UBI starts metadata in a block header for each eraseblock. At attach time, it has to scan all eraseblocks to find the mapping of LEBs to PEBs. This increases attach time linearly with flash size. This was already realized when UBI was designed, but not considered a priority.
The first idea was to store metadata in a special volume, but then you still don’t know where that is going to be.
Second idea: split in two volumes: actual data volume, and reference volume. The reference volume is only updated when you write new metadata (i.e. on block erase). It contains pointers to where the metadata is. Reference volume is still found by scanning, but a limited number of blocks. Data volume contains information about all physical eraseblocks. It can be more space-efficient than the volume headers. If reference volume isn’t found, can still find data volume by scanning everything (headers are still there).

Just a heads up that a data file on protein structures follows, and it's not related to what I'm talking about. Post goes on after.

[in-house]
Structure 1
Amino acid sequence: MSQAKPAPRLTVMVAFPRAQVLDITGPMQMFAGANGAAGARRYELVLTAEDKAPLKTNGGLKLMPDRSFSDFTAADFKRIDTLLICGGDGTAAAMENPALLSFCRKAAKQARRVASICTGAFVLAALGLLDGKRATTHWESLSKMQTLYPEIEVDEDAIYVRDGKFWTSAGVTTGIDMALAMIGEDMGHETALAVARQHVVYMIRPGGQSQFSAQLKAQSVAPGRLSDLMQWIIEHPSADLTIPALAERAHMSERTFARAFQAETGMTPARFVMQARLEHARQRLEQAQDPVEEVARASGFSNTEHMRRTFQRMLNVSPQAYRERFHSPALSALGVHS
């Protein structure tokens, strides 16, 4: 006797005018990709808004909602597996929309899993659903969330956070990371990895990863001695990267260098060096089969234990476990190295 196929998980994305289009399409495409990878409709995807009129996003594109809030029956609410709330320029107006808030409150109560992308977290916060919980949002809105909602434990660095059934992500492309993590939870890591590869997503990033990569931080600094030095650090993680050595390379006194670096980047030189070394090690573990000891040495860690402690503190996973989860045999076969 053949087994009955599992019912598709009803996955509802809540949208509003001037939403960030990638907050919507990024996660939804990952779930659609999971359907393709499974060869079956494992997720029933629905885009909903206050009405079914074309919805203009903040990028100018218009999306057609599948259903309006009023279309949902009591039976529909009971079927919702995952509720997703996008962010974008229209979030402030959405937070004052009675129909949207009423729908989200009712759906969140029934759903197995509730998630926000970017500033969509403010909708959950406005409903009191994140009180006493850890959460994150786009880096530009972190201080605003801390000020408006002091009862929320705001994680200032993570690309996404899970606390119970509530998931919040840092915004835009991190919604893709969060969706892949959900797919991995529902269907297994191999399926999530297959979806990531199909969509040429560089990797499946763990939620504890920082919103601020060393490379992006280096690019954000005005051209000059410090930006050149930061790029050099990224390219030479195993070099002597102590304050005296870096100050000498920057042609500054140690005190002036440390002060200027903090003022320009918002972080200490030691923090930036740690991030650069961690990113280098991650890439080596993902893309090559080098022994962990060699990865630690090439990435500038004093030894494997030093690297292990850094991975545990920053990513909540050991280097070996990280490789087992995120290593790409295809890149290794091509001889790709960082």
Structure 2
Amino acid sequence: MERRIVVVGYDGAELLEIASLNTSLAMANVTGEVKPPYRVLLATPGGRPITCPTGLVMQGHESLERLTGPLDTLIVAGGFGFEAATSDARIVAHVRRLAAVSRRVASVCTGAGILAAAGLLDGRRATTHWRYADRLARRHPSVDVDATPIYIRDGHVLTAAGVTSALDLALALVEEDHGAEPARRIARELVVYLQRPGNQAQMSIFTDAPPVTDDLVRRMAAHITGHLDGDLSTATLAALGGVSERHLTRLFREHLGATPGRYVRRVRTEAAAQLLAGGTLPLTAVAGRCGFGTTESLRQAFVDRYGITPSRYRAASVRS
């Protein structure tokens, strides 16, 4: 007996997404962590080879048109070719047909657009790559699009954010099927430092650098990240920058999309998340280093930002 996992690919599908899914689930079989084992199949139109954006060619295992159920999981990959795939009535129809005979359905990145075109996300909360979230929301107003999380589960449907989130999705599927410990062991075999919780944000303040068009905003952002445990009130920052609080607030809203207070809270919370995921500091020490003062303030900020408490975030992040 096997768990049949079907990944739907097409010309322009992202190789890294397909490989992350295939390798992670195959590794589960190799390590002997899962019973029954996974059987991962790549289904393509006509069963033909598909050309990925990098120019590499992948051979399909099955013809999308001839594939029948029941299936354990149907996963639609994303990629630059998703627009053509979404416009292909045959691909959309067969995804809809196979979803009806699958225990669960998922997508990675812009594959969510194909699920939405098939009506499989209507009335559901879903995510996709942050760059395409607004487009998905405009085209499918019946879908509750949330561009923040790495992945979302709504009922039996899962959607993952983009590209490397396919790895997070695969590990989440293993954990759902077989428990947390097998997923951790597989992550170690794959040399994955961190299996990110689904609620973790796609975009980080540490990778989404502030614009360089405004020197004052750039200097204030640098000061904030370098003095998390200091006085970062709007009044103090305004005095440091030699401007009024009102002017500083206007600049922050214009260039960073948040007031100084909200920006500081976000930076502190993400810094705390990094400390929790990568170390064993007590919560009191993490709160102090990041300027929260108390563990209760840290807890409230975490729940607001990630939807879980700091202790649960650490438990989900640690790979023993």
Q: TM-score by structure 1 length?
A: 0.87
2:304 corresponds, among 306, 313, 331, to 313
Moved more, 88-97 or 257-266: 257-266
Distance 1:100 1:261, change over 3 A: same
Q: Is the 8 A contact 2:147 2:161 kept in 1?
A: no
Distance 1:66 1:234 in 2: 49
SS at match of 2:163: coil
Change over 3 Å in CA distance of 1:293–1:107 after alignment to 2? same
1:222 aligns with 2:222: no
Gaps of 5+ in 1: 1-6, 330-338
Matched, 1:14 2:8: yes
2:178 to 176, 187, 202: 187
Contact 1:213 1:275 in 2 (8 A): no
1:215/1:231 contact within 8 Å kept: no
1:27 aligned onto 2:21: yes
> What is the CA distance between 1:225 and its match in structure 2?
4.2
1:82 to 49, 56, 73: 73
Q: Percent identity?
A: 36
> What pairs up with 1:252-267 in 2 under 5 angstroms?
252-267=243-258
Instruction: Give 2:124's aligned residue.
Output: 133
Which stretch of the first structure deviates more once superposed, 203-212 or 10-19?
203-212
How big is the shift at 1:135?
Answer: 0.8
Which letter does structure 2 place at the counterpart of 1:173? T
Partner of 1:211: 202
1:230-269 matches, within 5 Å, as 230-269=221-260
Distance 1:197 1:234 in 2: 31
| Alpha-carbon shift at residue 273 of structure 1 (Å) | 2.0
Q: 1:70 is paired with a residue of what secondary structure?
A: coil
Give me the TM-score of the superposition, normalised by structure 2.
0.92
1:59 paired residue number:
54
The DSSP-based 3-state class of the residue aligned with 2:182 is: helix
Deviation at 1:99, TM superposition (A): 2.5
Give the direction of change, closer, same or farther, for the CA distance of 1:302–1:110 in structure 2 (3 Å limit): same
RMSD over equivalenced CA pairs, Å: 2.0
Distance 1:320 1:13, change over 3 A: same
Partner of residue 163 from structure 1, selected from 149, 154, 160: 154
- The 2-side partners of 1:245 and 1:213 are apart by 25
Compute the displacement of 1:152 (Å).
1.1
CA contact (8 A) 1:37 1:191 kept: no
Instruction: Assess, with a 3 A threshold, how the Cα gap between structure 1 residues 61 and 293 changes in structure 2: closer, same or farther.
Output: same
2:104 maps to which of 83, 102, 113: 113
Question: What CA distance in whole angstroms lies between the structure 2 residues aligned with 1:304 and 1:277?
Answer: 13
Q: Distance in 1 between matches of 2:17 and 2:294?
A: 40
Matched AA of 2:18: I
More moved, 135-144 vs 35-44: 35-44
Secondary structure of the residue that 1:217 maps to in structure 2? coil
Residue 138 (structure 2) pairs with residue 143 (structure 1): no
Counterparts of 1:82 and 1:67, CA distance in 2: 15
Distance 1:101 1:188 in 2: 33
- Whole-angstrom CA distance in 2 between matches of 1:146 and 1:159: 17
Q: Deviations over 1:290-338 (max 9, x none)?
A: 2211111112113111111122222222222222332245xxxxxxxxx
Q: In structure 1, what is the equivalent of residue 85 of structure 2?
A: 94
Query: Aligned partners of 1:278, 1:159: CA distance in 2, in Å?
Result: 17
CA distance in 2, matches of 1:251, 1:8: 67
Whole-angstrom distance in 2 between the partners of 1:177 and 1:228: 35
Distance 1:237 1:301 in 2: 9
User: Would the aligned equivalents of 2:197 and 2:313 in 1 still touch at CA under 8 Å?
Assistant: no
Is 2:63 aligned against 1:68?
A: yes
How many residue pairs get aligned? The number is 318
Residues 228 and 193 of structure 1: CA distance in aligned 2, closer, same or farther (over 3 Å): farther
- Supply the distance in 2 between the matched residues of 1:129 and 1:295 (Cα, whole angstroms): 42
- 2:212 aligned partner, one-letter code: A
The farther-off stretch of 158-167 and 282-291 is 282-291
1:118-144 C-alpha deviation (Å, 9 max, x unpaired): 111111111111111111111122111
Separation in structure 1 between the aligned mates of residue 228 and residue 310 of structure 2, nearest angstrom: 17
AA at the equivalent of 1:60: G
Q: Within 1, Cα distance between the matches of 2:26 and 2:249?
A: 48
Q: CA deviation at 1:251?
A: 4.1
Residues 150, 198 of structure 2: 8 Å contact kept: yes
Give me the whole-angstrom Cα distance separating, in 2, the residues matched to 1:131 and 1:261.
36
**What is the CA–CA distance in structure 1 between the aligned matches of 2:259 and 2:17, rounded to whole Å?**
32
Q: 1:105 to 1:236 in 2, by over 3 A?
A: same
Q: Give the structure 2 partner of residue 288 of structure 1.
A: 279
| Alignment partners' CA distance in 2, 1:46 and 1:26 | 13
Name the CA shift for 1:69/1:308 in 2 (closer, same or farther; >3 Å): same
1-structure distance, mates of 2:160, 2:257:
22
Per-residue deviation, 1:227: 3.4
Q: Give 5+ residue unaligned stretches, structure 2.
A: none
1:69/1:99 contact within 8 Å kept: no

Avoid overwriting the metadata block every time by specifying a pool of eraseblocks in there, which is still scanned at attach time.
Pool list is only changed when wear levelling is done, or more blocks are required.
With this speedup, the attach time is not growing as dramatically anymore with flash size. And even for small flash it helps.
Another interesting speedup would be if the bootloader could hand the scan table to the kernel. Or even better, a (fast) NVRAM which contains the map.
Merged in 3.7
Don’t rely on Hamming for modern flash (even SLC); use BCH.